Merck's Heller on how to get more women into the C-suite

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Bridgette Heller
Bridgette Heller

Bridgette Heller counts herself as fortunate. She's had mentors who have recognized her potential and facilitated her rise. But looking back, there was one person—an 11th-grade teacher—who dealt Heller a setback by rejecting her request to take an advanced math class.

“He convinced me that I was not smart enough,” recalled Heller, who is now EVP of Merck and president of its consumer care division. “He used his connection with me to stunt my power.”

Even today there are managers—some in the life sciences—who don't know how to help female colleagues achieve career goals. Like her 11th-grade teacher, “These managers are…quashing potential, inhibiting these women from unleashing the full power of their knowledge and ideas to drive growth in the business,” said Heller as she accepted the 2013 Woman of the Year award from the Healthcare Businesswomen's Association (HBA).

Over 2,000 people turned out for the HBA awards luncheon last week in New York City, where Novartis VP Public Affairs Kevin Rigby received the 2013 Honorable Mentor award, and Eve Dryer, a consultant and founding member of the group's greater Philadelphia chapter, was named HBA Star for her volunteer efforts.

As drenching rains fell outside, Heller delivered a warm, energetic keynote focused on the power of authentic connections as a catalyst for personal growth, and what she called the “nurturing connections” that enabled her to unleash her own potential. It became apparent to all in the room -- not just to the 24 tables of Merck employees -- why the executive has been lauded for her ability to engage others.

About three years ago, Heller, 51, left Johnson & Johnson, where she was president of J&J Baby, to head up Merck's OTC unit. She now oversees such brands as Dr Scholl's, Coppertone, Afrin, Muralex and Claritin. She's brought “inquisitiveness and refreshing candor to our senior-level discussion on a wide range of strategic issues,” said Merck CEO Ken Frazier.

“I'll tell you, it's really refreshing,” quipped Frazier during his introduction of the WOTY awardee. “I've had that cold shower from time to time.” Yet one of Heller's greatest strengths is “her ability to connect with all kinds of people,” Frazier said, adding that “she goes beyond the concept of transparency to be both a warmly and authentically human person.”

Heller has looked to create and maintain connections with both employees and customers. “Her team understands that she thinks of consumers not simply as purchasers but as human beings. She wants to listen to them,” Frazier said, adding that he was especially pleased with the consumer unit's industry-leading growth rate of 6% last year.

Heller was born and raised in St. Petersburg, Fla., during the time of segregation. She attended segregated schools until the 6th grade. That didn't hold her back. “I had the great blessing of having been born into a village where love and standards were very high,” she said.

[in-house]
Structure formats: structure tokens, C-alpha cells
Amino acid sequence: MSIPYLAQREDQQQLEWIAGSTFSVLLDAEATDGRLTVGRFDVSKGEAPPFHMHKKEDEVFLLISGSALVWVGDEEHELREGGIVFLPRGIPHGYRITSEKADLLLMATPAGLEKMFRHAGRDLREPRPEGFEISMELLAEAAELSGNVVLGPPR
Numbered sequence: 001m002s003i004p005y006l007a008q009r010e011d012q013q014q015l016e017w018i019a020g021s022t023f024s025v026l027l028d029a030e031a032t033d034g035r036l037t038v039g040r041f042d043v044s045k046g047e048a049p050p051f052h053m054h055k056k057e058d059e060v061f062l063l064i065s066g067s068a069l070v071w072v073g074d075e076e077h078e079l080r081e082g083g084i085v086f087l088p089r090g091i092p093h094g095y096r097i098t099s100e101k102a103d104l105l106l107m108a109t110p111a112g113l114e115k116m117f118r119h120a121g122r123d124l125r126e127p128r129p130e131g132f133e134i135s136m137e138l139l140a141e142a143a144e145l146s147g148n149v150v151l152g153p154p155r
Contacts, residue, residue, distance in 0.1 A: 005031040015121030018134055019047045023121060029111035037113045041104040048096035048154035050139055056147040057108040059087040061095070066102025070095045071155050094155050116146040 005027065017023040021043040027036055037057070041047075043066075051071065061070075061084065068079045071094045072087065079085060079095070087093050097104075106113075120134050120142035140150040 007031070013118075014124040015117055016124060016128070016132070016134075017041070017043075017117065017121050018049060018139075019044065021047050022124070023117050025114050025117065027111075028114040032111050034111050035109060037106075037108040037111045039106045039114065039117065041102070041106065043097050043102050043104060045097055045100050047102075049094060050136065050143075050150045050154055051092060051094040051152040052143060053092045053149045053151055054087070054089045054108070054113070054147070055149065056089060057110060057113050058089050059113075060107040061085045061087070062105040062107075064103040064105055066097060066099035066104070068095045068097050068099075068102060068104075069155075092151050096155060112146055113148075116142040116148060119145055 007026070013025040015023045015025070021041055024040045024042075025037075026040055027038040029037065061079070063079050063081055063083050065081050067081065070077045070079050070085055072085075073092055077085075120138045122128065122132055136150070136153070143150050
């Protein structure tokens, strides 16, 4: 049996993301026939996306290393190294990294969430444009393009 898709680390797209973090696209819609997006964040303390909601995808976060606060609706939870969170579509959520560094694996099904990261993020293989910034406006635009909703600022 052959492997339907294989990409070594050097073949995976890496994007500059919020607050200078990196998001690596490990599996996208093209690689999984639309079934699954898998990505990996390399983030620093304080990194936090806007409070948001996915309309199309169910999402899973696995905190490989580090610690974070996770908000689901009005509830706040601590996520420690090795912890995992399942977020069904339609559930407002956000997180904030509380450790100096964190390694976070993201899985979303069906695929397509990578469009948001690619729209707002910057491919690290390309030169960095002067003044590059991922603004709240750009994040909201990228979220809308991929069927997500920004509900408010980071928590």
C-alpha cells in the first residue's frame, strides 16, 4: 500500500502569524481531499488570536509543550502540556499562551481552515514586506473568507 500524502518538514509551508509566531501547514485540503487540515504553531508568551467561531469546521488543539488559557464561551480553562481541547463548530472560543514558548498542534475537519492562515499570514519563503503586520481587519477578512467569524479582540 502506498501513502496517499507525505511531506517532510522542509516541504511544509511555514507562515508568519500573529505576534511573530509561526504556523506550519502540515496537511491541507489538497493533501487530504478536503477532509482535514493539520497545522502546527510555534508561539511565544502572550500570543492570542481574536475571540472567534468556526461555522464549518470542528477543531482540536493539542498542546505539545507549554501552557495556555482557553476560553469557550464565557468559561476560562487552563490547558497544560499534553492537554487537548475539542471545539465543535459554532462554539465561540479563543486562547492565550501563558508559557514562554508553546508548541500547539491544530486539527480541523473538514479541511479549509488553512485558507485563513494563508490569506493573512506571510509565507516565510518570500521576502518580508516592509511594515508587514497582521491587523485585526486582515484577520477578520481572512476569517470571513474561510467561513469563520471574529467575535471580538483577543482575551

Segregation “wasn't a hindrance to me personally.” In fact, she said, “School integration was a little unsettling because in my village the one limitation to potential was believed to be skin color, and your ethnicity trumped gender on the power spectrum.”

Connections in the community made it clear that “power lay in education,” Heller said. Teachers and parents recognized her academic talent, nurtured her potential and, as she put it, shaped her relationship to power. “This was a revelation for me: From early on, I never believed my power, as a concept, was something I was comfortable thinking about, let alone talking about. This is true for many women, even those of us in powerful positions.”

After an MBA at Kellogg, Heller entered the consumer packaged goods arena, including a 17-year stint with Kraft Foods. Among professional mentors was her first boss at Kraft, who used to ask her constantly, “What did you do for the consumer today?”

She spoke of work yet to be done in advancing women. “We came here to applaud the HBA and the progress women have made in this healthcare industry of ours,” said Heller. “But let's be clear. We're also here to signal just how much further women have to go. Women make up 47% of the workforce and yet we're only 4% of CEOs.”

Her three-step recipe for helping: leaders must create a workplace environment conducive to women stepping up to higher levels of responsibility, and women must prepare themselves to exploit their own strengths and capabilities by recognizing the power that lies within and having the confidence to exercise it.

Finally, mentors must give of themselves so others can do better and business can prosper in the long term. To succeed in business, one needs to mentor not only down but laterally and upward, which, by the way, Heller does “very effectively and very directly,” said Frazier. 

Yet, Heller cautioned, there are still managers who use their power to stunt others. “Let me assure you that…it's happening today within our own companies,” Heller observed. That realization “reinforced to me that our greatest power as leaders comes from our ability to create a space where all people can be comfortable with their personal power.

“We have to pull together,” she concluded. “We have to recognize our inner strength. We have to have the confidence to move toward the power, use the power in each of us—to unleash the power—and to change this industry for the better.”

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